Just a short time ago, mass-produced electric vehicles were about as realistic as a science-fiction movie. However, things have caught up, and nearly every major manufacturer has released its version of an all-electric vehicle.
Many people assume that electric vehicles are a new concept. While the mass-production of electric vehicles may be new, the truth is electric vehicles date back as far as the 1800s.
The exact date of the invention of electric cars is unknown. However, historians agree that a series of inventions and breakthroughs in the mid-to-late 1800s put the first electric car on American roads.
In the early portion of the 1800s, several innovators and tradesmen began experimenting with the idea of a vehicle that was powered by a battery. This led to the development of the first small-scale electric vehicles.
Around this same time, an inventor from Britain named Robert Anderson designed an electric carriage. However, it wouldn’t be until the latter half of the 1800s that inventors from France and England would construct some of the first fully functional electric cars.
It wasn’t until 1890 that the first electric car was unveiled by William Morrison. Morrison designed a car that could accommodate six people and had an eye-popping top speed of 14 miles per hour. Okay, so maybe 14 miles per hour isn’t so eye-popping, but that was fairly impressive at the time for what was nothing more than a glorified electric wagon.
However, this crude version of the first electric car started America’s growing obsession with developing a full-scale automobile that was powered by electricity. By the time 1900 rolled around, electric vehicle production was in full swing, and these cars made up about one-third of all cars on the road.
Over the next 10 years, the electric model continued to thrive. However, as Americans continued to flourish and many of the great steel and railroad tycoons secured their fortunes, the newly invented motor automobile – running on steam or gasoline, surpassed the electric models in popularity.
It was Henry Ford’s Model T that arguably dealt a death blow to the electric cars of that era. The average electric roadster had a price tag of almost $1,800, while Ford’s gasoline offering was available for a mere $650.
The final nail in the coffin would be when Charles Kettering invented electric starter, which eliminated the need for hand cranking gas-powered cars. This gave way to an explosion in the sales of combustion engine automobiles.
America would continue its love affair with the idea of mass-produced electric vehicles over the next 100 years. The 1973 Arab Oil Embargo left gas prices at all-time highs, leaving congress seeking alternative options to mitigate America’s dependence on crude oil.
In 1976, the Department of Energy received grants from the federal government for research into more practical electric and hybrid vehicles. Every automaker in America, from small to midsize, began showing a renewed interest in producing an electric car.
However, the prototypes developed during that era had too many drawbacks, and none of the designs ever went full-scale. The gas prices eventually slid back down, and interest in the electric car all but died out.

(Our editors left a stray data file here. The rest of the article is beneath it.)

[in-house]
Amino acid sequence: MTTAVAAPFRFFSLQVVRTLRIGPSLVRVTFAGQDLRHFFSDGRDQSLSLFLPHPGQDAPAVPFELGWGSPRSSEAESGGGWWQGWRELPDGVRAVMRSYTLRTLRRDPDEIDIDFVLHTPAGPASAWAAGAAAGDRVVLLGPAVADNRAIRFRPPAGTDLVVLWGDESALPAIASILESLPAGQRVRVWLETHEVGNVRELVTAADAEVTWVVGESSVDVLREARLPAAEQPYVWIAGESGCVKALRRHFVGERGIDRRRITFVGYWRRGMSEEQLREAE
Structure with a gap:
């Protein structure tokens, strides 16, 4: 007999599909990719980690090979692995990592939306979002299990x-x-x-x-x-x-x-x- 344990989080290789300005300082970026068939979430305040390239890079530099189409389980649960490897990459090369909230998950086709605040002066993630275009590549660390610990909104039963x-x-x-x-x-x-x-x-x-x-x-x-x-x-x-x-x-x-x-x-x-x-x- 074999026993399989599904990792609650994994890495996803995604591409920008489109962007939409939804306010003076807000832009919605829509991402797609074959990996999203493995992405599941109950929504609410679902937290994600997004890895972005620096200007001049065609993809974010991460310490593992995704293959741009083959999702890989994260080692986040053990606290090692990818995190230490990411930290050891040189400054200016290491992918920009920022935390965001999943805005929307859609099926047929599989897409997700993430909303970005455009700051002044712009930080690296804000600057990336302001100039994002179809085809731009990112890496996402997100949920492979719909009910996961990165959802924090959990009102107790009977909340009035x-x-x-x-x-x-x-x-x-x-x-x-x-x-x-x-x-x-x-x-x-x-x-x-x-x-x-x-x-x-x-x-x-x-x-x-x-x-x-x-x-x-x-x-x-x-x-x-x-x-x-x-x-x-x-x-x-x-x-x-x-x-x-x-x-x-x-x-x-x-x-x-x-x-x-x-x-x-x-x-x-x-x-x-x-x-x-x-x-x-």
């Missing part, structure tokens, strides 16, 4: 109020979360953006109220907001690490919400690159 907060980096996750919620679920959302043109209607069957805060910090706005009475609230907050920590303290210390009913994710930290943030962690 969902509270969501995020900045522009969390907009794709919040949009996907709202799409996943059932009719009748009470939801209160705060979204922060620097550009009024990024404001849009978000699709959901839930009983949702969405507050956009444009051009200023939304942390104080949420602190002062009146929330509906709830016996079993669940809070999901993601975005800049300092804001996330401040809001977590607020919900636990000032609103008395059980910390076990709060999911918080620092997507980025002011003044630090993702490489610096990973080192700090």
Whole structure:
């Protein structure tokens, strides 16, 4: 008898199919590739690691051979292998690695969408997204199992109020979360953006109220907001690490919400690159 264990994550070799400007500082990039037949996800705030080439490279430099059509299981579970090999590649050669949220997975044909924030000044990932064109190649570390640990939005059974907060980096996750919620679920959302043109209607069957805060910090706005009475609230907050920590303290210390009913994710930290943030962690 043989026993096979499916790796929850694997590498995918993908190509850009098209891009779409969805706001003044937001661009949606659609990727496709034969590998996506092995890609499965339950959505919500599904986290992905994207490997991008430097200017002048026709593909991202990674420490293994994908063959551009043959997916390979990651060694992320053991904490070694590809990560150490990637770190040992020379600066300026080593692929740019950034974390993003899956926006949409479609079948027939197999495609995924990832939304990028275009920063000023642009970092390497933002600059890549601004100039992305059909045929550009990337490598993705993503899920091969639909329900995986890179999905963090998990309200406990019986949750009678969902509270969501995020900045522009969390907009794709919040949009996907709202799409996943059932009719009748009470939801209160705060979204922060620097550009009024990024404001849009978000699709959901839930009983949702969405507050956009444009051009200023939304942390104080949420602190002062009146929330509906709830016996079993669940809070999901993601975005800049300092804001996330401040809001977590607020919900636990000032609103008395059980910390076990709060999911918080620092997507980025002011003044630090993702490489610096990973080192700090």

In 1990, federal and state regulations began to trigger interest in electric vehicles once again. The Clean Air Act Amendment of that year and the 1992 Energy Policy Act, combined with new emissions regulations, created a newfound drive to bring full-scale electric vehicles to the masses.
Chevrolet developed the E1, which garnered a strong following in the green energy space, never went to full commercial production, and Chevy discontinued it in 2001. However, the development of the Prius in 1997 was the turning point for electric vehicles, and its global release in 2000 helped propel electric vehicles into full-scale production.
Finally, in 2006, a company by the name of Tesla Motors began manufacturing luxurious electric vehicles that could travel over 200 miles on a full charge. Since then, Tesla has been considered the leader in the electric vehicle industry. Their unprecedented heights of success never before seen from an electric vehicle manufacturer triggered most of the big names in the automotive industry to ramp up the design and production of their own electric models.
As of today, big names like Ford, Honda, Jeep, Nissan, and other big-league manufacturers have all released their versions of electric cars, trucks, or SUVs.
Aside from the cosmetic elements of electric cars, you’d be hard-pressed to find a significant number of similarities between EVs and standard fuel-propelled vehicles. Electric cars lack engines, spark plugs, radiators, and many other mechanical components that are present in normal cars.
Typically, EVs have a trunk in the front portion of the vehicle where the engine compartment would be. This trunk area wasn’t solely designed with storage in mind – in the event of a head-on collision, the body of the car has more room to fold and absorb the impact from whatever it strikes.
The batteries held in electric vehicles help them run. In reality, the battery isn’t one large unit but instead a pack of smaller lithium-ion modules. These smaller modules are made up of even smaller battery cells that are about the size of a AA battery.
Together, these units link to form an electrical circuit for efficient delivery of maximum power. Since the release of the Prius, battery designs have advanced and continue to advance at a rapid pace. Numerous manufacturing changes have taken place that aims to increase the amount of energy contained and simultaneously lower the cost.